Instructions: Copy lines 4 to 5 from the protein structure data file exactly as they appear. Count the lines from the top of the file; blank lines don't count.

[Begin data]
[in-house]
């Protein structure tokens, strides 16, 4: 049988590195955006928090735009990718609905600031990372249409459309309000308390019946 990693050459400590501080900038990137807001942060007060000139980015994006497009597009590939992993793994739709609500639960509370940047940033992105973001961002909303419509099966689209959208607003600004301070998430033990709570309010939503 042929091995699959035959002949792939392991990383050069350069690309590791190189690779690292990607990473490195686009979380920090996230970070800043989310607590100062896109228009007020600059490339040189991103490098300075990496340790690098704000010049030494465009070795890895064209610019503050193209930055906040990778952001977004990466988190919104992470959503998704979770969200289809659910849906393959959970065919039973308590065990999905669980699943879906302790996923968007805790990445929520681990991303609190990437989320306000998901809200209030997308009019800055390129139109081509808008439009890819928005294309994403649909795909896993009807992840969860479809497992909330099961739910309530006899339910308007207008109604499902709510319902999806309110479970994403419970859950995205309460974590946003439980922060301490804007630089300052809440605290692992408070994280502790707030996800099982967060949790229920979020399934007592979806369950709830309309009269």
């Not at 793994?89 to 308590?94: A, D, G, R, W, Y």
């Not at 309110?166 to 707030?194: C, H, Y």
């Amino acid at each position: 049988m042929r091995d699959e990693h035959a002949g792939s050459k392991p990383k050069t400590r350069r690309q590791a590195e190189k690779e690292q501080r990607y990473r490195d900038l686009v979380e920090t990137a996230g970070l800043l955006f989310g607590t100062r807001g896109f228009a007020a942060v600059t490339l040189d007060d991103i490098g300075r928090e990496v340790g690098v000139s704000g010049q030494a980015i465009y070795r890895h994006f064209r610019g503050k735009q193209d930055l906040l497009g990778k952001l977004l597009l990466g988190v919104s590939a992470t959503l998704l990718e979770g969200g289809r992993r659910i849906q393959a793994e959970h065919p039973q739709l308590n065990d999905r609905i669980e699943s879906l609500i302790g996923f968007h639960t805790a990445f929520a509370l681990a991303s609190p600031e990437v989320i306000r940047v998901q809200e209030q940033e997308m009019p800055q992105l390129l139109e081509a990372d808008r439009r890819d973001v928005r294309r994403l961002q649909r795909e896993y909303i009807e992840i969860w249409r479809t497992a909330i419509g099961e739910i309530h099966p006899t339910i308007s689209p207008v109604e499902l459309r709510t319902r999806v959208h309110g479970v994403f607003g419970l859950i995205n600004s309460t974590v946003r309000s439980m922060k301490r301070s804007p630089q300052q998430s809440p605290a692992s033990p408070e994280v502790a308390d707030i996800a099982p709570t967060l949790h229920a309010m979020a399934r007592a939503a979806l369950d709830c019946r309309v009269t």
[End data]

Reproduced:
């Not at 309110?166 to 707030?194: C, H, Y």
């Amino acid at each position: 049988m042929r091995d699959e990693h035959a002949g792939s050459k392991p990383k050069t400590r350069r690309q590791a590195e190189k690779e690292q501080r990607y990473r490195d900038l686009v979380e920090t990137a996230g970070l800043l955006f989310g607590t100062r807001g896109f228009a007020a942060v600059t490339l040189d007060d991103i490098g300075r928090e990496v340790g690098v000139s704000g010049q030494a980015i465009y070795r890895h994006f064209r610019g503050k735009q193209d930055l906040l497009g990778k952001l977004l597009l990466g988190v919104s590939a992470t959503l998704l990718e979770g969200g289809r992993r659910i849906q393959a793994e959970h065919p039973q739709l308590n065990d999905r609905i669980e699943s879906l609500i302790g996923f968007h639960t805790a990445f929520a509370l681990a991303s609190p600031e990437v989320i306000r940047v998901q809200e209030q940033e997308m009019p800055q992105l390129l139109e081509a990372d808008r439009r890819d973001v928005r294309r994403l961002q649909r795909e896993y909303i009807e992840i969860w249409r479809t497992a909330i419509g099961e739910i309530h099966p006899t339910i308007s689209p207008v109604e499902l459309r709510t319902r999806v959208h309110g479970v994403f607003g419970l859950i995205n600004s309460t974590v946003r309000s439980m922060k301490r301070s804007p630089q300052q998430s809440p605290a692992s033990p408070e994280v502790a308390d707030i996800a099982p709570t967060l949790h229920a309010m979020a399934r007592a939503a979806l369950d709830c019946r309309v009269t």